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      A pivotal role of the basic leucine zipper transcription factor bZIP53 in the regulation of Arabidopsis seed maturation gene expression based on heterodimerization and protein complex formation.

      The Plant cell

      genetics, 2S Albumins, Plant, metabolism, Arabidopsis, growth & development, Arabidopsis Proteins, physiology, Basic-Leucine Zipper Transcription Factors, Binding Sites, Consensus Sequence, Dimerization, Gene Expression Regulation, Plant, Promoter Regions, Genetic, Protein Interaction Mapping, Seeds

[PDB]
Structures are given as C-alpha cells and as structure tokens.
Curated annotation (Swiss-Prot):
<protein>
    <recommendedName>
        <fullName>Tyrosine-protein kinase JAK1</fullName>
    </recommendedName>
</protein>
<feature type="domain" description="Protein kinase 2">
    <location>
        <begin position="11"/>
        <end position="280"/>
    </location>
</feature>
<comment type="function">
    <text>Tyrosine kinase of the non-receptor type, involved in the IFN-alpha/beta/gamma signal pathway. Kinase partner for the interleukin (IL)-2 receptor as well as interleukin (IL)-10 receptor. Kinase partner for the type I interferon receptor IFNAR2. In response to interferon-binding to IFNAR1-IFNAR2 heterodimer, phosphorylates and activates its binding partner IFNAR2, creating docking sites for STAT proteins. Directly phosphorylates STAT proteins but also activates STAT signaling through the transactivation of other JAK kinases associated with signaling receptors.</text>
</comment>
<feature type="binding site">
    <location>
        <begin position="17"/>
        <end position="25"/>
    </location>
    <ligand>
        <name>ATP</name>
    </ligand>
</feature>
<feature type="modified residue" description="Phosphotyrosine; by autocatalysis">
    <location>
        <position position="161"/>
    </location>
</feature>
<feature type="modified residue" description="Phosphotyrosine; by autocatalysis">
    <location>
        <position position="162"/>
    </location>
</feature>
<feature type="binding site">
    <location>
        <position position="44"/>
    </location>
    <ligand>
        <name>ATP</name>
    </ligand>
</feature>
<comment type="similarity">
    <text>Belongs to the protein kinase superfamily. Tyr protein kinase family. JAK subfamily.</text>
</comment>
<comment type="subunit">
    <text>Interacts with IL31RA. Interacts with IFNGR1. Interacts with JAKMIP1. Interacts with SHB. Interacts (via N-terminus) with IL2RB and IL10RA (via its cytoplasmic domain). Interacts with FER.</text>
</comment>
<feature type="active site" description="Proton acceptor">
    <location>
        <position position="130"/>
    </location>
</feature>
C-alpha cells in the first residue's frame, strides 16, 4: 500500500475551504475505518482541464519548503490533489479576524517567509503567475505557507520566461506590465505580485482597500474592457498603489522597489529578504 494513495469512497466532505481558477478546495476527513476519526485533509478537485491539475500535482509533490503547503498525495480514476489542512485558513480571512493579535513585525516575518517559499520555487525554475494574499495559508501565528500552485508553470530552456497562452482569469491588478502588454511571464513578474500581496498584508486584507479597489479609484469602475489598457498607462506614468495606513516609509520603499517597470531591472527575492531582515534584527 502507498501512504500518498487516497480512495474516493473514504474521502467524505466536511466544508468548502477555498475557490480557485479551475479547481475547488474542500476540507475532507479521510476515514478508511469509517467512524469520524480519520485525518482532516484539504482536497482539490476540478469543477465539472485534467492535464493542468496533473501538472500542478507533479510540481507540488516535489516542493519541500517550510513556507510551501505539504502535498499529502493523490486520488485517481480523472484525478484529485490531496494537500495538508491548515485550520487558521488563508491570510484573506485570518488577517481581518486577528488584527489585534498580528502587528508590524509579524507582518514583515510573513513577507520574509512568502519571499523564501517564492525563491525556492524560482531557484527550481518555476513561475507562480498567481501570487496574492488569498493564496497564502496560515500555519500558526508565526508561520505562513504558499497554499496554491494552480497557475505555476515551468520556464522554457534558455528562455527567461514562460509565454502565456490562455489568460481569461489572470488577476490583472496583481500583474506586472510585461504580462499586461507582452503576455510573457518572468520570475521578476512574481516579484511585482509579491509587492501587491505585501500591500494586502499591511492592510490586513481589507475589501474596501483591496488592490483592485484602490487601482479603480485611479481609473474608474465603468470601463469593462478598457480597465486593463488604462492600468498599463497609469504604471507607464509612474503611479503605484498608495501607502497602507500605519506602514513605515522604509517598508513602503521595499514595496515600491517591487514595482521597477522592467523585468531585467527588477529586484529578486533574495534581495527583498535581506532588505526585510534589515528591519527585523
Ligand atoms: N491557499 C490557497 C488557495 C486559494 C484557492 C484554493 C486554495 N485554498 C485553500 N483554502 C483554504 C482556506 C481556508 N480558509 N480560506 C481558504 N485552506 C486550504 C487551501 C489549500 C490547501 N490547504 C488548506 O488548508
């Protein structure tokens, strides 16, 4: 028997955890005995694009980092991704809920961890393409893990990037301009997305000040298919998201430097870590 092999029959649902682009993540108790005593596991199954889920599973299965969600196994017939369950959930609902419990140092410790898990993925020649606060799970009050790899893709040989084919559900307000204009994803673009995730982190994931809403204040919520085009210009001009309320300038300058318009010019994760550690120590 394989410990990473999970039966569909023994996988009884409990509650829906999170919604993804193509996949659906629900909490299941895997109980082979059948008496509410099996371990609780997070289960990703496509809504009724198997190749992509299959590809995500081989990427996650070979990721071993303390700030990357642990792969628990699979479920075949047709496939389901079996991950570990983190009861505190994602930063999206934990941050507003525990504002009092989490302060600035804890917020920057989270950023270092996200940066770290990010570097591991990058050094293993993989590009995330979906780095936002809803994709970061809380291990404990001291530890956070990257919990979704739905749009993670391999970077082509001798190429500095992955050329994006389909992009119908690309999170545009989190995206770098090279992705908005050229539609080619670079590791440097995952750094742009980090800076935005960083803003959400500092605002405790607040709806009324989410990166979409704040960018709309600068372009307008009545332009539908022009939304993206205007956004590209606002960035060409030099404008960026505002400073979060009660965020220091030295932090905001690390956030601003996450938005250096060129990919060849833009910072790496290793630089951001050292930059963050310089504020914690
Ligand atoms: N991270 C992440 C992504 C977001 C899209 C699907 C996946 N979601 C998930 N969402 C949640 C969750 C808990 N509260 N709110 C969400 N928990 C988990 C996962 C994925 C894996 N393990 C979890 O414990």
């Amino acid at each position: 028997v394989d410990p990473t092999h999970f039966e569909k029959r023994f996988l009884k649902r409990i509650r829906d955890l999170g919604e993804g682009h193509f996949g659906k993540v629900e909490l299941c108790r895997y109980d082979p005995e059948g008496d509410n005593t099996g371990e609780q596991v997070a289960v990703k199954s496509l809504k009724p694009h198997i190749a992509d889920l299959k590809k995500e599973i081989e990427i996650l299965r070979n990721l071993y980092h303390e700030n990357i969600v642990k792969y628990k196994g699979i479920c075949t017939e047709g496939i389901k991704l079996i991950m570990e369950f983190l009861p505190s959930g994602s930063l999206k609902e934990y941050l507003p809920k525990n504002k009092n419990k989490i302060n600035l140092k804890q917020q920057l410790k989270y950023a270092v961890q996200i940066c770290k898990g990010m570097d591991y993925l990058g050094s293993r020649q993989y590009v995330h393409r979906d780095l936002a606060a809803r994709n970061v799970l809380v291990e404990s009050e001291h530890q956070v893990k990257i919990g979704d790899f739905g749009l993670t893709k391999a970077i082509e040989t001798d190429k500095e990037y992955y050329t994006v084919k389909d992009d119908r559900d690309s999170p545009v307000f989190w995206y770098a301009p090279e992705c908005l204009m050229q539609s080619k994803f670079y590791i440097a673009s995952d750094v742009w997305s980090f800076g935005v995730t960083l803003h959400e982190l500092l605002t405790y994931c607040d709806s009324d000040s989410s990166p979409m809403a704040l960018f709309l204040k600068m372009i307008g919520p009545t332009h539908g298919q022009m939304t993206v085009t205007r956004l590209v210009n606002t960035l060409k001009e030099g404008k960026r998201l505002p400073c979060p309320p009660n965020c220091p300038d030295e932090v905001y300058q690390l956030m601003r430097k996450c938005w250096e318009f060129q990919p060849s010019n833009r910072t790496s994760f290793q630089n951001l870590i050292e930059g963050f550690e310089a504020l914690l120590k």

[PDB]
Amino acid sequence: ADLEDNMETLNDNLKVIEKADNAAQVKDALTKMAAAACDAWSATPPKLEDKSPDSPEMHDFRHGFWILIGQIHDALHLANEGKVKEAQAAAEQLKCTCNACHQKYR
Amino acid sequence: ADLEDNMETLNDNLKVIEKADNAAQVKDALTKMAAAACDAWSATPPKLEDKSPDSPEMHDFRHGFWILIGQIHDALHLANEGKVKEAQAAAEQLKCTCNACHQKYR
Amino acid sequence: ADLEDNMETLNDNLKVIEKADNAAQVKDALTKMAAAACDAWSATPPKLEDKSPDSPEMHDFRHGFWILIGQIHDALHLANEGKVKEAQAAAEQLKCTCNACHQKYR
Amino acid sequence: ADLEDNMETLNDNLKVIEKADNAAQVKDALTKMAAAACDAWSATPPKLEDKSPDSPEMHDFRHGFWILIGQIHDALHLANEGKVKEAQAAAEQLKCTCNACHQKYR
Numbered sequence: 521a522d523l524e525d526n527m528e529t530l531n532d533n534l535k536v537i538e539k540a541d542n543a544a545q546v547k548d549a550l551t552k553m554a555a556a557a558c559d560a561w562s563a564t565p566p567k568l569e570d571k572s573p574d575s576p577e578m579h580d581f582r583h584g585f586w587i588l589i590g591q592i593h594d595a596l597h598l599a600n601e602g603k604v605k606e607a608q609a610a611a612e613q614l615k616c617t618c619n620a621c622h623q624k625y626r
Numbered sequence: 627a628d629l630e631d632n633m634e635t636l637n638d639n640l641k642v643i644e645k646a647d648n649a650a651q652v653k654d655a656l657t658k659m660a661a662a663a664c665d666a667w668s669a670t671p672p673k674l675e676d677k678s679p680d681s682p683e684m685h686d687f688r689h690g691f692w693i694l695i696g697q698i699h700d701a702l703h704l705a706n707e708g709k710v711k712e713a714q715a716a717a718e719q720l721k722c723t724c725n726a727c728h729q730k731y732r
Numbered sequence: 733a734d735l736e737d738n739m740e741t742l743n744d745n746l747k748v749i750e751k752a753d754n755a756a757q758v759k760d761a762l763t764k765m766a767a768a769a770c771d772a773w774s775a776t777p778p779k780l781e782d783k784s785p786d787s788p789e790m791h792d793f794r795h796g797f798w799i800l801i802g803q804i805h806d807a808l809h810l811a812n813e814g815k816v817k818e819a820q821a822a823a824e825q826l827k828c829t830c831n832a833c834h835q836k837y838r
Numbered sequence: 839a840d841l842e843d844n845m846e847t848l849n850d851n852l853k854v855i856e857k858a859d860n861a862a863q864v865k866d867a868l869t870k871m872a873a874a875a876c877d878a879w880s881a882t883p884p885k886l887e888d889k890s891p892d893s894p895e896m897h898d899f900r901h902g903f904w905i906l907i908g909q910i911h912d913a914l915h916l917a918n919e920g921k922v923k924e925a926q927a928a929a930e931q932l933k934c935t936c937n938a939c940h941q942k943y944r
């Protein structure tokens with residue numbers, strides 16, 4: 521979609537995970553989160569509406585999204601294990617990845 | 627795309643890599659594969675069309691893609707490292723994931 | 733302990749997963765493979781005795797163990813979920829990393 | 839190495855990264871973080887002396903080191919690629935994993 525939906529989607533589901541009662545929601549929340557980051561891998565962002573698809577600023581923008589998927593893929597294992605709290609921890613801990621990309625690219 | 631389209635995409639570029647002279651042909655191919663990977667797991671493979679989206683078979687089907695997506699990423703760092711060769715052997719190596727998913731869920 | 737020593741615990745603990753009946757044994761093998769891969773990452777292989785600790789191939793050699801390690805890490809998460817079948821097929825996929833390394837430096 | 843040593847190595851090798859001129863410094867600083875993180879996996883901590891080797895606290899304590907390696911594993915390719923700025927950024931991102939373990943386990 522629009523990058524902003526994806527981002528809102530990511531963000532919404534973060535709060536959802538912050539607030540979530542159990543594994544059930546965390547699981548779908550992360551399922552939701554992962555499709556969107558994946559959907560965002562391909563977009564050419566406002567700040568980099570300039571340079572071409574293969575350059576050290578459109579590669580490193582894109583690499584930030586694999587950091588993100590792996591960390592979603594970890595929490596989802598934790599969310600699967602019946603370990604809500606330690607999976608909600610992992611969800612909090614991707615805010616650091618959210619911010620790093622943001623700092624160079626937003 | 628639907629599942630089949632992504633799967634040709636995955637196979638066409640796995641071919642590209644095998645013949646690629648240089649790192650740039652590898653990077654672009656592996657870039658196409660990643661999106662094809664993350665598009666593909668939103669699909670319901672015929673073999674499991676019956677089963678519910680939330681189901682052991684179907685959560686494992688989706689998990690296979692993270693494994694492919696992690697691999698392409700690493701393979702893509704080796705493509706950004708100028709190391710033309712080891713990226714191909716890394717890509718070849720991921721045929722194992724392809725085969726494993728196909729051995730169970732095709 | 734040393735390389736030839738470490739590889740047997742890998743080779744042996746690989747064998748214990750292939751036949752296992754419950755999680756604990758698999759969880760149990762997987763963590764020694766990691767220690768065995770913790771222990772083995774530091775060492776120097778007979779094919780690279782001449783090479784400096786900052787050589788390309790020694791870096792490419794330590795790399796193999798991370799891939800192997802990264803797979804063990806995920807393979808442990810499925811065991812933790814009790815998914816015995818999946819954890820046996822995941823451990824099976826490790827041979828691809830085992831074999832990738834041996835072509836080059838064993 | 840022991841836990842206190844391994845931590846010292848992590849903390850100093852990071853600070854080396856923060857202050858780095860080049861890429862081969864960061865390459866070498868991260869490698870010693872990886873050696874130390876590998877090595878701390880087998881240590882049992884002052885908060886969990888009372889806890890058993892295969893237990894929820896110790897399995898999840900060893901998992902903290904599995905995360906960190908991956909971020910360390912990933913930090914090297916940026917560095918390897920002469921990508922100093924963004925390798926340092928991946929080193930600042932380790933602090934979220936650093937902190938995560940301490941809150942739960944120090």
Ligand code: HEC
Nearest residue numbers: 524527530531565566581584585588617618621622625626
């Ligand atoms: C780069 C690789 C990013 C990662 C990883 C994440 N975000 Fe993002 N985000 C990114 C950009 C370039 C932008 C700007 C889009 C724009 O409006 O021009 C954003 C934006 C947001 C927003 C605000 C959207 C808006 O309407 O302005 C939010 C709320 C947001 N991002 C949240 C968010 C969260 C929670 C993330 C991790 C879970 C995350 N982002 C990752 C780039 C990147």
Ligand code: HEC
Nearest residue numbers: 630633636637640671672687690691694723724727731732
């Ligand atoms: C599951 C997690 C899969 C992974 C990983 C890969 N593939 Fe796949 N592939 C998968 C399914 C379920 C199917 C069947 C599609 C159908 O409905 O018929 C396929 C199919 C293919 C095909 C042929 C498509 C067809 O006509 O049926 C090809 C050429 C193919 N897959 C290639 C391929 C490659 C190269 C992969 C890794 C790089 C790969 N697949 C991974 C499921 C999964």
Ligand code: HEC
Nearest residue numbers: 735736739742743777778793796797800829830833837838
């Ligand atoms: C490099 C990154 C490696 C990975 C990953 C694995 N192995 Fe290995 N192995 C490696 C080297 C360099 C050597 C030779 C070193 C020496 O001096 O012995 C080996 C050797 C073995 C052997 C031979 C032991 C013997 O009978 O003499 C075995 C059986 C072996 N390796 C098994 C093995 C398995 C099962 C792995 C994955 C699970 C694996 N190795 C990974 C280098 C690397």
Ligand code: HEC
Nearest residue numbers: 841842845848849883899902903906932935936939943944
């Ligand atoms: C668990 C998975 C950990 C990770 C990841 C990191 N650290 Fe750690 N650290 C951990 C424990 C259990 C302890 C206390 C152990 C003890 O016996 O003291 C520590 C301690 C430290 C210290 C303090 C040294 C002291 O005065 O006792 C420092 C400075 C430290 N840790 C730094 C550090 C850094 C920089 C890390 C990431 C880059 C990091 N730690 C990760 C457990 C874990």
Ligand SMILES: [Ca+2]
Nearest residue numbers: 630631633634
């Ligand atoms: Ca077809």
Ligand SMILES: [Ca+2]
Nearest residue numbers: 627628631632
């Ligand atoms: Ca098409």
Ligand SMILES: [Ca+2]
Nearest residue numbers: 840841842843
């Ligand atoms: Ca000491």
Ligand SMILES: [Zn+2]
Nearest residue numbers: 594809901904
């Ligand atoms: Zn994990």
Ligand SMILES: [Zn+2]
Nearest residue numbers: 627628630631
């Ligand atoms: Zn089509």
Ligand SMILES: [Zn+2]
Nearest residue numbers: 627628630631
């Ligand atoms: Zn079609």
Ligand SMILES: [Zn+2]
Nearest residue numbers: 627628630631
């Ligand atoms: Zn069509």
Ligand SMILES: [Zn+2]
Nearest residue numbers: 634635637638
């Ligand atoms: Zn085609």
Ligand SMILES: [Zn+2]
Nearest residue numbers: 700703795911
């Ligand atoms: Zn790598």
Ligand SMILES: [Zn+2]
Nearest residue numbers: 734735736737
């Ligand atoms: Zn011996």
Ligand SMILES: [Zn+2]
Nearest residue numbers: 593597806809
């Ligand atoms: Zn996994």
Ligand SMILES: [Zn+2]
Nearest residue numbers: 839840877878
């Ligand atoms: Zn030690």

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          Transcription of Arabidopsis thaliana seed maturation (MAT) genes is controlled by members of several transcription factor families, such as basic leucine zippers (bZIPs), B3s, MYBs, and DOFs. In this work, we identify Arabidopsis bZIP53 as a novel transcriptional regulator of MAT genes. bZIP53 expression in developing seeds precedes and overlaps that of its target genes. Gain- and loss-of-function approaches indicate a correlation between the amount of bZIP53 protein and MAT gene expression. Specific in vivo and in vitro binding of bZIP53 protein to a G-box element in the albumin 2S2 promoter is demonstrated. Importantly, heterodimerization with bZIP10 or bZIP25, previously described bZIP regulators of MAT gene expression, significantly enhances DNA binding activity and produces a synergistic increase in target gene activation. Full-level target gene activation is strongly correlated with the ratio of the correspondent bZIP heterodimerization partners. Whereas bZIP53 does not interact with ABI3, a crucial transcriptional regulator in Arabidopsis seeds, ternary complex formation between the bZIP heterodimers and ABI3 increases the expression of MAT genes in planta. We therefore propose that heterodimers containing bZIP53 participate in enhanceosome formation to produce a dramatic increase in MAT gene transcription.

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